When we’re not in a major drought, Lake Travis has also historically provided water to support rice farms in counties near the Gulf Coast. And it has sustained the river ecosystem that is home to fish and wildlife and provides for recreation, hunting and fishing all along the Lower Colorado River basin.

The Colorado River flows right down the middle of my district when it hits Bastrop County, which benefits greatly when the water flows in the right amount.  And bubbling underneath Bastrop County is the Carrizo-Wilcox Aquifer, which is a critical source of water for many Bastrop communities. Meanwhile, the folks who live in the cities of Bastrop and Elgin and Smithville know they sit just a short drive from Austin, and with that, they are well positioned to grow. And, there are other places growing that are looking at that groundwater.

For many years, my focus on water has been to plan for and protect Austin’s current and future water supply. That’s in part because I’ve been so deeply involved in Austin’s long-term water planning from as far back as my days as mayor.

But I now represent Bastrop County, too, and I’m spending a lot of time addressing the water challenges there.

Drought forcing tough discussion

Talking about water only gets harder during a time of drought. And, it takes some guts to say what needs to be said, and do what needs to be done.  Fortunately, I’ve been witness to a fair amount of courage when it comes to addressing the water challenges this region has faced during this current drought.

For example, the LCRA board made a big decision when it voted unanimously to update the water management plan for the Highland Lakes. That plan protects the cities and firm water customers that have paid for water to be there today and in their future, even during drought.

The difficulty for some in this vote is that it acknowledges a harsh reality that has been exposed by this ongoing drought: there might not always be water to share with agriculture in the future. That’s a difficult scenario for the downstream rice farming communities that have been able to rely on the Colorado River.

Senator Troy Fraser and I together applauded the LCRA Board for making that difficult decision. You can read our statement here.

Listening for new ideas, solutions

Rivers and aquifers don’t follow political boundaries, so I welcome opportunities to meet with folks who live outside of my Senate District to talk about water. Haskell Simon, a rice farmer and LCRA institution, has taken me up on the offer. And I look forward to seeing Haskell soon because he threw in a promise to bring me a chocolate-dipped ice cream cone from Dairy Queen.

In the meantime, he sent me two books “to round out my water library.”

Haskell describes Walter Prescott Webb’s 1954 book, “More Water for Texas,” as an unofficial version of the first planning in Texas.  The book was published during the drought of the 1950s, which became “the state’s most significant recorded drought.”  We’re likely surpassing it now.

Chapter 5 of Webb’s book struck a chord. Its opening passage reads: “If this were a political pamphlet, designed to please everybody, we would find a way of saying that with proper management, every section of Texas could have all the water needed for municipal use, for irrigation and for industry.  The only trouble with such a statement is that it would be false.”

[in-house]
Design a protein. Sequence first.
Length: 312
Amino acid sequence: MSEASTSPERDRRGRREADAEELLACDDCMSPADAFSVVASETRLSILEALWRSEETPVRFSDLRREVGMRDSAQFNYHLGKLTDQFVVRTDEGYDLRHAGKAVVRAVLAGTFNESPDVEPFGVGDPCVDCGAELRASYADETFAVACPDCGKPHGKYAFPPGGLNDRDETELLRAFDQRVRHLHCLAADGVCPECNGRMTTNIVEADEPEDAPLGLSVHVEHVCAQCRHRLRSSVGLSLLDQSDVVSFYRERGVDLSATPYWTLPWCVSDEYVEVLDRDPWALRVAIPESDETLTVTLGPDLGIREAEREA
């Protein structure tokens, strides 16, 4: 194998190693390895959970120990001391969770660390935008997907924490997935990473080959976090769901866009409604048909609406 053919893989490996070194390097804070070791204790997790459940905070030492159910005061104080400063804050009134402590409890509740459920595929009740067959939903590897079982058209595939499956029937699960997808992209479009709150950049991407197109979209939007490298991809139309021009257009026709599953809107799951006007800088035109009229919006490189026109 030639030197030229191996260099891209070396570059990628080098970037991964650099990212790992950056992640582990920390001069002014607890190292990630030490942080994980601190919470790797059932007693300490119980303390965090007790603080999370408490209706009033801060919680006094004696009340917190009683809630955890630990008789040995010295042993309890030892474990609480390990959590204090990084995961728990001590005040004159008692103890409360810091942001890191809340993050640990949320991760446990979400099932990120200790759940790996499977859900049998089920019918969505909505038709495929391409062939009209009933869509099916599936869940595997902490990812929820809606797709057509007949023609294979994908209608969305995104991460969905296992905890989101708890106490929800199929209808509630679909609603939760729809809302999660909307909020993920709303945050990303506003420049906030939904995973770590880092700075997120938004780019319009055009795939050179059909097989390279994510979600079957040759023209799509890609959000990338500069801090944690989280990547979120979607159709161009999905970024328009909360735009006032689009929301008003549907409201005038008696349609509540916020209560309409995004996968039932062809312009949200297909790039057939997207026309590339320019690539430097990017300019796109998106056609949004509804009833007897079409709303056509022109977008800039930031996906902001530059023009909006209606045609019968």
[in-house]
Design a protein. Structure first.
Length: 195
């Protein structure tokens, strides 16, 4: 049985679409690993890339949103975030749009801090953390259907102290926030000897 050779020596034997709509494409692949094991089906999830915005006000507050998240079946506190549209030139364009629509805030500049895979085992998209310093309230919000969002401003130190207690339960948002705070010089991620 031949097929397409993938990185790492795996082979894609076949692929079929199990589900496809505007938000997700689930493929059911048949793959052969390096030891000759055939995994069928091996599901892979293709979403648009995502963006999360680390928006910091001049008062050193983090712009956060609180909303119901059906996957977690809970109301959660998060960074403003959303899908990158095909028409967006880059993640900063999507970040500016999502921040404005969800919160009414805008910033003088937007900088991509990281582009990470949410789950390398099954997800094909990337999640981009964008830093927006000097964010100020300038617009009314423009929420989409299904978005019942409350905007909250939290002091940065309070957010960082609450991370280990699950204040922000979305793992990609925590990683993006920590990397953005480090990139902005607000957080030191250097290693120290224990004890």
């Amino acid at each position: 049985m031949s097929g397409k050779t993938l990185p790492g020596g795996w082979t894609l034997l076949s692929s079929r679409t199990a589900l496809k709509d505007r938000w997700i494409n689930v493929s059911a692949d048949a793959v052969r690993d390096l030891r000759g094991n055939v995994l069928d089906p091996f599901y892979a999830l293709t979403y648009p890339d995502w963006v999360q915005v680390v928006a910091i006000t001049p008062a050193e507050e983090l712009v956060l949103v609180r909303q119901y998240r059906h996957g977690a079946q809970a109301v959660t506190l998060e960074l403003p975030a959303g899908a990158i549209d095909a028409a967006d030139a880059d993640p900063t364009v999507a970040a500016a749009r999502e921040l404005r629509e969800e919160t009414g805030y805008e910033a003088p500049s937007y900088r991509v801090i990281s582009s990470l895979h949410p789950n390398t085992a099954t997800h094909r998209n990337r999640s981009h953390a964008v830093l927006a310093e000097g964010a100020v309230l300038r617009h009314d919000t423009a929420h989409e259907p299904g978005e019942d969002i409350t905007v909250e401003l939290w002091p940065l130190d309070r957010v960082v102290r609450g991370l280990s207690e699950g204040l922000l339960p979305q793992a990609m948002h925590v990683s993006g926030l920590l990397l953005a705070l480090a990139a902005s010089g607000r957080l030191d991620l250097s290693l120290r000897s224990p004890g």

That 60-year old statement is even more true today. Given the realities of balancing a finite resource with a growing economy – and an ongoing drought – a talk about solutions is where any respectable public conversation about water should seek to end up.

I’m happy to listen to new ideas and different perspectives because, contrary to what I was advised, talking about water is the only way we’re going to find solutions.

Statement regarding the LCRA Board’s action on their 2012 Water Management Plan Application

Wednesday, September 17, 2014

Contact: Sen. Fraser (512) 463-0124
Sen. Watson (512) 463-0114

Senate Seal

Senators Troy Fraser and Kirk Watson: Statement regarding the LCRA Board’s action on their 2012 Water Management Plan Application


For over a year, Senators Troy Fraser and Kirk Watson have called on the Lower Colorado River Authority (LCRA) to implement a water management plan that satisfies the LCRA’s legal obligation to protect the water supply for the LCRA’s firm water customers, even in times of drought. Today, we congratulate the LCRA Board for taking strong action to protect the water supply that serves over one million people as well as the critical industries that rely on the Colorado River and Highland Lakes.

Today’s unanimous vote at LCRA reflects the recommendations of the Texas Commission on Environmental Quality (TCEQ), echoes the sentiments voiced by Senators Fraser and Watson, and incorporates key priorities for firm water customers.  The new plan will closely monitor inflows along the Lower Colorado River and take into account any conditions which would indicate a drought or below-normal forecasted precipitation. With this approach, the LCRA will be able to ensure an adequate supply of water in the Highland Lakes to satisfy the current and future needs of firm customers who pay a premium for their water.